Christensen: The car pulled 56G

If we cast our minds back to 12 months ago, we did not mention Porsche Penske Motorsport, including Michael Christensen, as the favourites for the 24 Hours of le Mans.

But with the results that the German manufacturer has delivered so far in 2024, with car #6 currently leading the FIA World Endurance Championship, we probably have to count Porsche as the favourites to grab their 20th overall victory at the 24-hour race, despite the other times being super close to them.

We met up with Michael Christensen during the scrutineering in the town centre of Le Mans, prior to the cars having turned their first laps, to hear a bit more about the last months of preparations.

Have you been out testing since Spa?

“Yes, we were at Paul Ricard. It was originally planned as an endurance test, but we had some quite good tests before that, and races on the endurance side of things, so we chose to  – of course, it’s still a test of endurance, everytime that you are testing, but it was a bit more performance related at Paul Ricard.”

You had a big crash during the race at Spa, where the car wasn’t able to continue. Are you still able to use the same chassis?

“Yeah yeah, we did have a T-car (reserve car, which was used for the test, ed.) – but it was just a broken suspension that resulted in us not being able to drive the car back (to the pits, ed.). The car pulled 56G, and then there is a Medical system above 25G, and then the light goes on (and the car can’t and isn’t allowed to continue, and the driver has to go straight to the medical center, to get a check-up of potential injuries, ed.) But the car wasn’t able to drive anyway.”

It was quite unfortunate that it would hit…

“Yes, I’m super annoyed about it. I’ve been checking data and watching onboards and all that over and over – I do exactly, as I did one lap earlier. I might miss the apex by about 10 centimeters, which is something – and then I get onto the curb, as you do – but 10 centimeters further on – and the end result is just something totally different. I hadn’t been on that turn prior to that point at all during the whole weekend, so that might have resulted in a bit of surprise, that the wheels are no longer in contact with the asphalt. But yeah – I’m super annoyed about it, because I feel that I had everything under control, and just goes a slight bit wider, because there was room for it – but the curb made the car tun, and then was the end of it.”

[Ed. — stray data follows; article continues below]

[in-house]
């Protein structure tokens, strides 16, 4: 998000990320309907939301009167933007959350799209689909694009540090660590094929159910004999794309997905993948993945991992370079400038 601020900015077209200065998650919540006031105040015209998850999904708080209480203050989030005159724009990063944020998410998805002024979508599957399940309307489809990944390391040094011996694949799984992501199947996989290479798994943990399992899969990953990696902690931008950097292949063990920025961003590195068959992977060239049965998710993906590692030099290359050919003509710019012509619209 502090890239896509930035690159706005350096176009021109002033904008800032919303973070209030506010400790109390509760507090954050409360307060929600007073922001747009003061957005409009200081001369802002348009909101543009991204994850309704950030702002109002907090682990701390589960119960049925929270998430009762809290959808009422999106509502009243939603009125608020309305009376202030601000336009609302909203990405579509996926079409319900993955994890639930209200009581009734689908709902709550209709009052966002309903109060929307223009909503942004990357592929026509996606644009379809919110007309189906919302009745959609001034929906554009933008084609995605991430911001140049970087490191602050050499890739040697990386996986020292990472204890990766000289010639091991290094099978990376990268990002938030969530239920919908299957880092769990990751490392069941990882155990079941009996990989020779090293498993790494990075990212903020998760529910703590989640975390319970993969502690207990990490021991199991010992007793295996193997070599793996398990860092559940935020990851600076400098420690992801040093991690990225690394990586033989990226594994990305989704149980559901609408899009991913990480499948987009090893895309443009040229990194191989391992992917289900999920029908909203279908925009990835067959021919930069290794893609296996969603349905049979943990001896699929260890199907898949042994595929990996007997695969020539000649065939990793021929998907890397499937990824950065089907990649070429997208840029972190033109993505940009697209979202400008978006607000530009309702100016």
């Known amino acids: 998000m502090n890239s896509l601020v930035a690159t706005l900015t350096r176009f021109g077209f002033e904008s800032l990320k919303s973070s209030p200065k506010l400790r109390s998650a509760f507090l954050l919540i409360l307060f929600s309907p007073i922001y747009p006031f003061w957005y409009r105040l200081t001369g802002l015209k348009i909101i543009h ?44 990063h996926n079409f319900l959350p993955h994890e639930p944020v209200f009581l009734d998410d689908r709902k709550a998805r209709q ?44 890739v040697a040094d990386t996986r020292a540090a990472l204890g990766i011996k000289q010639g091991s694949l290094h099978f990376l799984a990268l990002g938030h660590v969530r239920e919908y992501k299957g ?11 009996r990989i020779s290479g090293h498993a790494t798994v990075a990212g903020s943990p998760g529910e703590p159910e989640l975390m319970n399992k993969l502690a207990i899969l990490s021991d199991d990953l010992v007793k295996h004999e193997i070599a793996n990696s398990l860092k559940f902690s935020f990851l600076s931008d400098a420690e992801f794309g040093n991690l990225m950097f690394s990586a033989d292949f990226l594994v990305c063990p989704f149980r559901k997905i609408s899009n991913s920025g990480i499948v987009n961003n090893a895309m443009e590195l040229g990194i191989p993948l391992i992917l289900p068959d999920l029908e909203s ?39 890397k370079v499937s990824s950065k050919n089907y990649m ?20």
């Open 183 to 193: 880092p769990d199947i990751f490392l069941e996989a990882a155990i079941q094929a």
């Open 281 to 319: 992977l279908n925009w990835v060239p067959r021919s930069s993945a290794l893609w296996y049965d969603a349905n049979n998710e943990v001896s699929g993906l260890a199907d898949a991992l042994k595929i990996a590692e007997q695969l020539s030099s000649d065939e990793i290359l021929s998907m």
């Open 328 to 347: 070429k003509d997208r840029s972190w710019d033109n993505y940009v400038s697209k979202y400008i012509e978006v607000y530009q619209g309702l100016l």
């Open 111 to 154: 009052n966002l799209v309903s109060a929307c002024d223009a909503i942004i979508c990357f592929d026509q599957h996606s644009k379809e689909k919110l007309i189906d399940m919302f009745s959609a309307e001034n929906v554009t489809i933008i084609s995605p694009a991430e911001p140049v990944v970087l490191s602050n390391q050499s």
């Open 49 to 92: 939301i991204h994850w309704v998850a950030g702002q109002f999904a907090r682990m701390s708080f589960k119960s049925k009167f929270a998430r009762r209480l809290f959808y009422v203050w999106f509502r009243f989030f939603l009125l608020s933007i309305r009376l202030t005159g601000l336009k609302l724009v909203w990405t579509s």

Yes, because if you had tried to fight the car, it might have ended up the same way.

“Yes, or just shooting off to the right instead. There are several things contributing – I hadn’t been on that curb earlier in the weekend, because I hadn’t made a small mistake, ending up there in that matter, and then it’s the fastest corner on the circuit, where we are doing about 300, so when there is a mistake, things go very rapid, and it’s difficult to do much, because it is still a heavy car – it’s a car that weighs 1100kg – so if you have a slide with 300, it’s tough to get it straight again. I do actually get the car straightened up again – the issue is that I end up all the way to the left, and there is simply no asphalt left, because it goes so fast – so it’s so annoying, and it’s a bit like – it’s a tough one, because we had a quite good race, and the car was driving reasonably well. But yeah – I guess that’s racing… It’s my mistake, but I didn’t overdrive the car or anything – I made a tiny mistake, which had huge consequences.”

I looks pretty positive for Porsche this year, with two wins out of three races, and a podium in the third race.

“Yes, I think so. I had not expected races like this, after the finish of the last year. We have been asked many times, and there are a lot of the other teams accusing us of “well they have tire heaters, and why are they so good in the warm phase (when they have just put cold tires on the car, ed.) – why is Porsche so good all of a sudden?” All those kinds of things. “What have you done?” is always the question. Well, I believe that we have simply made everything a tiny bit better. We have not found one or another huge thing during the winter, which makes us faster. But we have found a lot of small things, really tiny things, that we have brought to test, and yes, that is better, that is better – and to learn and understand more about the car, and the tires – and which way to go with the setup – all those kind of things. And I do believe that all these things, together, the sum of it all, make us have better performance, and that is what it is about – to get all the details optimized. I believe that we are in a very good spot, and hadn’t really thought that it would be like this, to be honest, following last year.”

Porsche Penske Motorsport #5
Photo: JJ Media

It’s a very close field this year, but even the privateer Porsche’s are competing at the front, with a victory at Spa Francorchamps last time out, so it is some information that has been shared with all the cars.

“Yes, that is part of the game. Just because that we are a Penske team, and they are JOTA and Proton, we are not allowed to change anything on the car, that they don’t get – software updates or whatever it might be. They need to get it as well. So it’s good for us, but there are others getting it as well.”

Porsche proved their speed during the test day, with Porsche Penske Motorsport ending 1-2 in the second practice, while car #5 with Michael Christensen, Frederic Makowiecki and Matt Campbell were 7th and 4th respectively in the two sessions.

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